Failure to produce conditioning with low-dose trimethylthiazoline or cat feces as unconditioned stimuli

D. Caroline Blanchard, Chris Markham, Mu Yang, David Hubbard, Eric Madarang, Robert J. Blanchard

Research output: Contribution to journalArticlepeer-review

94 Scopus citations


Trimethylthiazoline (TMT), a derivative of fox feces, has been reported to fail to produce aversive conditioning as an unconditioned stimulus (UCS) when presented in large amounts (I. S. McGregor, L. Schrama, P. Ambermoon, & R. A. Dielenberg, 2002). Experiment 1 evaluated very low TMT levels that nonetheless produced defensive behaviors in rats during exposure. Although each level (0.01, 0.05, and 0.10 μl TMT) produced significant change in defensiveness, none resulted in significant changes the following day in the absence of TMT. Experiment 2 evaluated cat urine, cat feces, and cat fur/skin odor against a no-odor control. Urine produced no significant changes, but feces and fur/skin odors elicited virtually identical changes in defensive behaviors during exposure. When tested the next day in the absence of odor, the fur/skin odor-exposed group showed significant differences on the same behaviors as during exposure, but the feces-exposed group showed no differences on any measure. Results suggest that lack of conditioning to TMT may relate to the type of predator odor rather than the amount, predator species, or possible lack of odor components in TMT that are present in natural feces. Predator feces may also be less effective as a UCS because they are poorly predictive of the actual presence of the predator, suggesting the need for a reevaluation of UCS functions in aversive conditioning.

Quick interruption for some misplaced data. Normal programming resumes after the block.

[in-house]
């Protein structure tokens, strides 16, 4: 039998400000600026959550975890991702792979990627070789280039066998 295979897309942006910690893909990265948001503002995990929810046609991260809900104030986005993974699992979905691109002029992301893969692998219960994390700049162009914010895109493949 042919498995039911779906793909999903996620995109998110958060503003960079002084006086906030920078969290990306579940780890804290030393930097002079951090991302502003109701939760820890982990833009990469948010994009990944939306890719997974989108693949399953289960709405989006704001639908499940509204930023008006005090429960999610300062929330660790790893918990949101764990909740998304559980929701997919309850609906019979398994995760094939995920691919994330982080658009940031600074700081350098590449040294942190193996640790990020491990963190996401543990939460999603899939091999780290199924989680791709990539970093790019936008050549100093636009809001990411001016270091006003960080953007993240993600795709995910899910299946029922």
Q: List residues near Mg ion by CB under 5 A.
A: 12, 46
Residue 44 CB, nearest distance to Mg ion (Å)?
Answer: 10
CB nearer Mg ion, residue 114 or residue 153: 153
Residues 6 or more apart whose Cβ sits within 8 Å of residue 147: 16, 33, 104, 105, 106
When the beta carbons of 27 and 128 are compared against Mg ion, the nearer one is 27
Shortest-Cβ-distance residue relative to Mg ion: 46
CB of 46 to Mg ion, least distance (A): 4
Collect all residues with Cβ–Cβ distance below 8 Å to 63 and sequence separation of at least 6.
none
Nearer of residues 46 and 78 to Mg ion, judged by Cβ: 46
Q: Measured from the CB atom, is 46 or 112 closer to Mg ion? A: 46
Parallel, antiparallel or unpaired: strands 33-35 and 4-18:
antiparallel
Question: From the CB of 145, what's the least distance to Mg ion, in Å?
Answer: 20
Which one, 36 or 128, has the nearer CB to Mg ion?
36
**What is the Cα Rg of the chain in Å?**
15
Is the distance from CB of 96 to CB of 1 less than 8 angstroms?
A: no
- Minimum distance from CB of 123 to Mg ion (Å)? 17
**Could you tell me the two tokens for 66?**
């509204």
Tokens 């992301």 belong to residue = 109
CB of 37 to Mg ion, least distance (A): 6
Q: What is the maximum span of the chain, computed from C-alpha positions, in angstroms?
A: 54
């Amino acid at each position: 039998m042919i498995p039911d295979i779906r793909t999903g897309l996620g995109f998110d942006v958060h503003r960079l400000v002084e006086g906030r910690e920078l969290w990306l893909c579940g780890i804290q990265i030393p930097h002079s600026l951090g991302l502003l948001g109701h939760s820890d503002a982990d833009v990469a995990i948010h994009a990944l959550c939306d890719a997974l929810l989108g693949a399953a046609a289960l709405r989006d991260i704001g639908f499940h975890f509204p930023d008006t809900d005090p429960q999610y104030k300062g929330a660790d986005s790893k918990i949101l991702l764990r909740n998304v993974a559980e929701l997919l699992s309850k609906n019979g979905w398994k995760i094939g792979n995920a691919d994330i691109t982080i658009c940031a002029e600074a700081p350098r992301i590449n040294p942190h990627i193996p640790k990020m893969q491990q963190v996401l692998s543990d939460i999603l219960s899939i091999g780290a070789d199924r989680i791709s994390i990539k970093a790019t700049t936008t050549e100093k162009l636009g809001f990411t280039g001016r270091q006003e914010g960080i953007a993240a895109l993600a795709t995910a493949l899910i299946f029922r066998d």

Original languageEnglish (US)
Pages (from-to)360-368
Number of pages9
JournalBehavioral Neuroscience
Issue number2
StatePublished - Apr 2003
Externally publishedYes

ASJC Scopus subject areas

  • Behavioral Neuroscience
  • Clinical Psychology


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